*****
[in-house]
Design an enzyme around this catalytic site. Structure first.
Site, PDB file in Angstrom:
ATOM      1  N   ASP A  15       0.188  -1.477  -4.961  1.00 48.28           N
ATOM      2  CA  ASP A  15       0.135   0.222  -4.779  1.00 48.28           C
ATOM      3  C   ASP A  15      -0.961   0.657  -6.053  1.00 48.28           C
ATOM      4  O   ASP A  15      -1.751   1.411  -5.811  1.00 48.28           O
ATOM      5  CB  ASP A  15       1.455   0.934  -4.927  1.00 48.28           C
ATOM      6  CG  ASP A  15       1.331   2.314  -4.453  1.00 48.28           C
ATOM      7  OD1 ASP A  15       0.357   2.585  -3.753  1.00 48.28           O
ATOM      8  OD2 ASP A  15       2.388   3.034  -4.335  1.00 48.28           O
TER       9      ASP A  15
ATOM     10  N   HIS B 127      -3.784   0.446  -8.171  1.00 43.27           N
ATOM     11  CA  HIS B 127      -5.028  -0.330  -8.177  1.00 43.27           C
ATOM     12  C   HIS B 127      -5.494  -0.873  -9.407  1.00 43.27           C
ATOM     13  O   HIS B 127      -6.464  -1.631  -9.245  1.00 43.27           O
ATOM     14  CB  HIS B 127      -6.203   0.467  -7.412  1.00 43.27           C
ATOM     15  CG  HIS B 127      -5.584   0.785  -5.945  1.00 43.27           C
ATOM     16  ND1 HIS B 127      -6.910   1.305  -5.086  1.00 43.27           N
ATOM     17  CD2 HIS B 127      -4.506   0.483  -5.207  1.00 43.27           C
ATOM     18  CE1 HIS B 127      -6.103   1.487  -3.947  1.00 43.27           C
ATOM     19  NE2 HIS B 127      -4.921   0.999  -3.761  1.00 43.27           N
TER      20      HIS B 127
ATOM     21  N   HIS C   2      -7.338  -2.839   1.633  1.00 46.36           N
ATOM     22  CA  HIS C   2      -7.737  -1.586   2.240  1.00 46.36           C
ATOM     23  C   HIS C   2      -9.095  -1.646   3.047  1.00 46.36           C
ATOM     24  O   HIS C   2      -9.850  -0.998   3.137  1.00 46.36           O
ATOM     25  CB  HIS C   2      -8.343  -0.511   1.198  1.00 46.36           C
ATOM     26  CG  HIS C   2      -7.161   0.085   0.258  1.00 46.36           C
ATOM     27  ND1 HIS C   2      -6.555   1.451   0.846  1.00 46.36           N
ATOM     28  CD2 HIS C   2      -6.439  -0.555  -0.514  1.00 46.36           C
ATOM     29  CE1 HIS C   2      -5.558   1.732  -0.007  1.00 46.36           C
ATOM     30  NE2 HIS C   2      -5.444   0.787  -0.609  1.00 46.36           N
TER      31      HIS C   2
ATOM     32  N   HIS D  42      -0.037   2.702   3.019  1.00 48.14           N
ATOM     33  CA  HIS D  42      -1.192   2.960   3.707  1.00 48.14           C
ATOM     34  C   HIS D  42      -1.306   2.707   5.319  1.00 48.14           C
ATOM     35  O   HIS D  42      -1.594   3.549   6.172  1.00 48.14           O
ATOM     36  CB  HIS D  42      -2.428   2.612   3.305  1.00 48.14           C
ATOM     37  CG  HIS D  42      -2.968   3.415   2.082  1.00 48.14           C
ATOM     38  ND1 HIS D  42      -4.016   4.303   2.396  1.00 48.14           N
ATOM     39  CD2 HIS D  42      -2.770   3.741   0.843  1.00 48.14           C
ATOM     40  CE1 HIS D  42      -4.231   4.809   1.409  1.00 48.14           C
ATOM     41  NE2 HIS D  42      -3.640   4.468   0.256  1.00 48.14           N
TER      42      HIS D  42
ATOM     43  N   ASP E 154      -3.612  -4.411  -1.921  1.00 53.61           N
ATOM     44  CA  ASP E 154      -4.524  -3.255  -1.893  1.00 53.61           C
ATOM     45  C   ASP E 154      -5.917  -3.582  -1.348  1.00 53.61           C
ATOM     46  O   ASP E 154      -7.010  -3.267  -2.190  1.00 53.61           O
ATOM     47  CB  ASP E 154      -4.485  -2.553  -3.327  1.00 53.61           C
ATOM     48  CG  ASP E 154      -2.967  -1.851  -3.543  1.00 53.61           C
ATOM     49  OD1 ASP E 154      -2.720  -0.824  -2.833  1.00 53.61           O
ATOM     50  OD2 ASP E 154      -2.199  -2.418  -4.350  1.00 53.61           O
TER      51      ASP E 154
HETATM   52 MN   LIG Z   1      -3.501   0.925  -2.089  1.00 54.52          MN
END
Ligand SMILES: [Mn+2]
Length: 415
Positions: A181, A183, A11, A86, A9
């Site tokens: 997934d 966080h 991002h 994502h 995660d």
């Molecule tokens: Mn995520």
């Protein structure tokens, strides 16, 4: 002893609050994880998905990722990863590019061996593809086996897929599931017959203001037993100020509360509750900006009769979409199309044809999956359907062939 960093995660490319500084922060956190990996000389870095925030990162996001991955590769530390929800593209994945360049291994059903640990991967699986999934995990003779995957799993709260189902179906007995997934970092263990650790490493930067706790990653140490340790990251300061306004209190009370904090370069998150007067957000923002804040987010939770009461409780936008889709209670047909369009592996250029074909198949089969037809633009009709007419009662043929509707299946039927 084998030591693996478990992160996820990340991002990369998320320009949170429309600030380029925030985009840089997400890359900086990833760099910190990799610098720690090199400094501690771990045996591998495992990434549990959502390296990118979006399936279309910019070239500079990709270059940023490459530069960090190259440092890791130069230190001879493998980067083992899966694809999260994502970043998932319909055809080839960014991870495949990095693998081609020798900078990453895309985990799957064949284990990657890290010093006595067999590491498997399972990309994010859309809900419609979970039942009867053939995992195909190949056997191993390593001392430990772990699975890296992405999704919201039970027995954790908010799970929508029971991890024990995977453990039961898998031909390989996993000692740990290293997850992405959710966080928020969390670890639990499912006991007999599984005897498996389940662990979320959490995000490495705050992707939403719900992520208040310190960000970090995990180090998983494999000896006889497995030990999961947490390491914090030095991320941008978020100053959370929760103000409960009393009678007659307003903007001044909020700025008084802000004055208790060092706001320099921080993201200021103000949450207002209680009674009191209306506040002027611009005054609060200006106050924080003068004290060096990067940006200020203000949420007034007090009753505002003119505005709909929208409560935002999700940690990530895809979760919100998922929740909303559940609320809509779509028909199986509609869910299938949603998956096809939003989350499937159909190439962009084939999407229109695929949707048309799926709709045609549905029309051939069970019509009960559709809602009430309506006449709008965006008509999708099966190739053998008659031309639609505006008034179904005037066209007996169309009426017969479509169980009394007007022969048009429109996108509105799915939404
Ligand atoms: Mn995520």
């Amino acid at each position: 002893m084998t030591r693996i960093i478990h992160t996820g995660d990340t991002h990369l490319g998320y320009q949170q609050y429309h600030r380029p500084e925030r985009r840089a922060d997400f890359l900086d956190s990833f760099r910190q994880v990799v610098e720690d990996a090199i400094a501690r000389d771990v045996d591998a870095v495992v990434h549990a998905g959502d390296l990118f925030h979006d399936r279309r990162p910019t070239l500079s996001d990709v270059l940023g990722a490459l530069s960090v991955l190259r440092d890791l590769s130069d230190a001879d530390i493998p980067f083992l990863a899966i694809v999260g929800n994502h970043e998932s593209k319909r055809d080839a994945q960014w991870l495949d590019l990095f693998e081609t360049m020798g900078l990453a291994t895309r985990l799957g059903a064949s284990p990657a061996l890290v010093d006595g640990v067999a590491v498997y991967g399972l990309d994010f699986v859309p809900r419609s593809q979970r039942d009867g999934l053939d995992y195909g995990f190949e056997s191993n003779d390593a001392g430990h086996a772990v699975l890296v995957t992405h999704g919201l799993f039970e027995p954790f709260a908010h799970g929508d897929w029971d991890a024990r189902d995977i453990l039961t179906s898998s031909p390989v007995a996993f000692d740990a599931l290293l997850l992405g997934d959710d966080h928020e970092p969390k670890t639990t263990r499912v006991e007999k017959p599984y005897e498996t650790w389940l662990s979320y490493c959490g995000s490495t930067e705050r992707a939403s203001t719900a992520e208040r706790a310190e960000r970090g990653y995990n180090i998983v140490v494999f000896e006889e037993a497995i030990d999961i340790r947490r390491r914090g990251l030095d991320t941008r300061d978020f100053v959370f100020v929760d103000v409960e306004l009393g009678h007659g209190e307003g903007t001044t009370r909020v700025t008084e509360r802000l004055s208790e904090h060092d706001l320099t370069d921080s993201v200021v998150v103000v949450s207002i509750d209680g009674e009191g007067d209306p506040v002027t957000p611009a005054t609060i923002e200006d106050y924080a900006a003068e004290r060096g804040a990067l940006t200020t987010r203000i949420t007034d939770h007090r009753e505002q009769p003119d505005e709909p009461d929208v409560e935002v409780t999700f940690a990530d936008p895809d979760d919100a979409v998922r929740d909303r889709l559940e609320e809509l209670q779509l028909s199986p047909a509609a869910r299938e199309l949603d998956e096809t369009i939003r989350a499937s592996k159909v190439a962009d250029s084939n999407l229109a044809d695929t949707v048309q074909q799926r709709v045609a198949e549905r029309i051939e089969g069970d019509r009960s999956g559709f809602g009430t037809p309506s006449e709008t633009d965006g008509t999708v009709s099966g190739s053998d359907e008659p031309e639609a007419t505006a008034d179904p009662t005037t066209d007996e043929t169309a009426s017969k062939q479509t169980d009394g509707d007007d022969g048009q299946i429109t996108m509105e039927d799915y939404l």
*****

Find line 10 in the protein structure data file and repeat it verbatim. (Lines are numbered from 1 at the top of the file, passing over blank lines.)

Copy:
ATOM      7  OD1 ASP A  15       0.357   2.585  -3.753  1.00 48.28           O